Screen time usage for students going back to school is expected to increase significantly, but experts say this isn’t necessarily a bad thing if parents can balance it with other activities.
In June, the Ontario government said parents will have the option to enrol their children in remote online learning. Most schools in the province reopen Tuesday.
Matthew Johnson, director of education at MediaSmarts, said in an interview that while remote learning doesn’t necessitate an increase in “sedentary time,” or the time that a student is spending seated, it can impact a young person’s health.
Parents worry that sustained screen time will affect their children’s vision, and that more sedentary time will increase the risk of obesity. Johnson says there isn’t strong evidence that suggests increased screen time is a grave health concern.
“Anytime we are staring at a single plane for a very long time that is hard on your eyes, the evidence is still developing there, but there is definitely some evidence that a number of vision problems can be tied to long term streaming,” he said.
Johnson added that extended screen time usage could contribute to poor sleeping habits.
“We know for instance that screen use close to or after bedtime has an impact on sleep, and even having a screen device in the bedroom can have an impact, particularly if you’re accustomed to getting notifications.
“If you have your phone notify you whenever you get a like on an Instagram post, even if that doesn’t happen in the night and it doesn’t wake you up, knowing that it might happen has an impact on the quality of your sleep and good sleep is central for both physical and mental health,” he said.
Not all screen time is bad
Ramona Pringle, a tech expert and an associate professor of media studies at Ryerson University, said in an interview that all screen time isn’t “created equally.”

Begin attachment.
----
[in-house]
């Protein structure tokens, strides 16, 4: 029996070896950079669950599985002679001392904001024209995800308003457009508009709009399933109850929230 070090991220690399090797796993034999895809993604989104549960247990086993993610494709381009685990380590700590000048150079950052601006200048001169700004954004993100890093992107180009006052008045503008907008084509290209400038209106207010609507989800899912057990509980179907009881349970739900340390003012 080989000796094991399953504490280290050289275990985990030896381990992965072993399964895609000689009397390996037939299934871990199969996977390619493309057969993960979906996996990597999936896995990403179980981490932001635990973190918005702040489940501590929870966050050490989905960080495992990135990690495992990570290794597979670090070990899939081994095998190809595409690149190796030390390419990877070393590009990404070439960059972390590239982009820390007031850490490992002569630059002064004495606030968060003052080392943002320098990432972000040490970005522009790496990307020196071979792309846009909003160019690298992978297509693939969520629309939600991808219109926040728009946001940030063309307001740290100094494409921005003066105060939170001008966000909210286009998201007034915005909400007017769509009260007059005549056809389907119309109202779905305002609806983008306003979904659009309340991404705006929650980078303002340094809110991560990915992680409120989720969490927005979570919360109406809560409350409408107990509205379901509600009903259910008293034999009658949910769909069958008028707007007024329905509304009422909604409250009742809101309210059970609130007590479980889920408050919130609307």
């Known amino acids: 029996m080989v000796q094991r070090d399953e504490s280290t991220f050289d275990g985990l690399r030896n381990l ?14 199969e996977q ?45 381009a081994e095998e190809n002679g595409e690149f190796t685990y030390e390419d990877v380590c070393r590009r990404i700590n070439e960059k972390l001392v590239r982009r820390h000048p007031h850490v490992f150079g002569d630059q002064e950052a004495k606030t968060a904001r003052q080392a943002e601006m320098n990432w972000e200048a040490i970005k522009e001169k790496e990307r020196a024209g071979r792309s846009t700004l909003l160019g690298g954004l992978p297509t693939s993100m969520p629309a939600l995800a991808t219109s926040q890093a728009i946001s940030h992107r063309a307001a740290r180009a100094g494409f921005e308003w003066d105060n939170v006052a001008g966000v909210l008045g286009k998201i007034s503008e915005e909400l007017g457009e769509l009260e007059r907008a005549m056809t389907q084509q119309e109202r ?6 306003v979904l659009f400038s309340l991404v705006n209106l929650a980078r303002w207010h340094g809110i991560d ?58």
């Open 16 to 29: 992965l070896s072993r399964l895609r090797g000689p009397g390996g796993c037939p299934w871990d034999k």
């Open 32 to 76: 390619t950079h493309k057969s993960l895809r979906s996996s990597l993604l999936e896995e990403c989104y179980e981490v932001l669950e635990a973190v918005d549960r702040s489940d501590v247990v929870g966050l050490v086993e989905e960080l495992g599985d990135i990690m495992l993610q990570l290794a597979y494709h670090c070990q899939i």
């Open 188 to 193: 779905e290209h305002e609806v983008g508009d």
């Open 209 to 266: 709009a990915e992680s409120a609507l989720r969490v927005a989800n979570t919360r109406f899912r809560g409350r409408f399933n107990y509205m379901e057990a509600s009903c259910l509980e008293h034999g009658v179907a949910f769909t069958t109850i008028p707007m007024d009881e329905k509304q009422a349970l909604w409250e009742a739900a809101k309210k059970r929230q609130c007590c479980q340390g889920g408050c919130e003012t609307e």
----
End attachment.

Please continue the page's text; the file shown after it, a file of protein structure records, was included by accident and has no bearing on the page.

“When it comes to young people, often concerns about screen time that we worry about is connected to staring into the void and losing yourself at the expense of other things.
“There’s a difference between a kid who is watching a show with their parents and then engaging in a conversation about that show or playing something interactive and a lot of passive platforms,” she said.
Pringle said that when students are sitting in front of a screen, it’s easy to forget to balance sitting time with other activities.
“We need to have new social norms,” she said. “There needs to be the understanding that between one class and the next or one meeting to the next, people need to go to the bathroom, they need to get up and stretch their legs, they might need something to eat.”
“Just because you can schedule meeting to meeting to meeting and you may not have to walk across campus, doesn’t mean people don’t still need that time in between there.”
Pringle says students should still try to maintain a similar lifestyle that they had pre-COVID to keep a balanced schedule. That should include changing your surrounding and making sure you’re getting physical activity.
“Many of us have been developing rules for ourselves before COVID to try and manage the addictive allure of our devices, maybe turning it to airplane mode during work hours, or having screen free Saturdays,” she said. “But our screens have become the portals we connect with each other by. They’re where we socialize, work, and even learn, so we’ve needed to be flexible and adapt.”
Pringle added that, without proper breaks, it’s “impossible for kids to stay focused.”
“There’s only so long you can concentrate on a screen. This is true no matter your age, but especially true for younger kids who have a lot of energy they’re trying to contain. So if classes aren’t designed with this in mind, I think a lot of students will just zone out or tune out,” she said.
According to research conducted by MediaSmarts, a third of students were worried that they spend too much time online and need guidance from their parents on balancing online and offline life.
For younger kids, Johnson said it’s important that parents try to set rules in a household.
“The important thing about these rule is not that they necessarily are motivating kids out of a fear of punishment, because kids and teenagers, in particular, are not much motivated by the fear of punishment, it’s that you’re using these to communicate to them the values you want them to live by,” he said.
Johnson added that rules are a valuable way of being healthy.
“You’re not approaching screen use as something that is inherently bad or wrong, and you’re not trying to take away things that they enjoy. You’re prioritizing positive uses,” he said.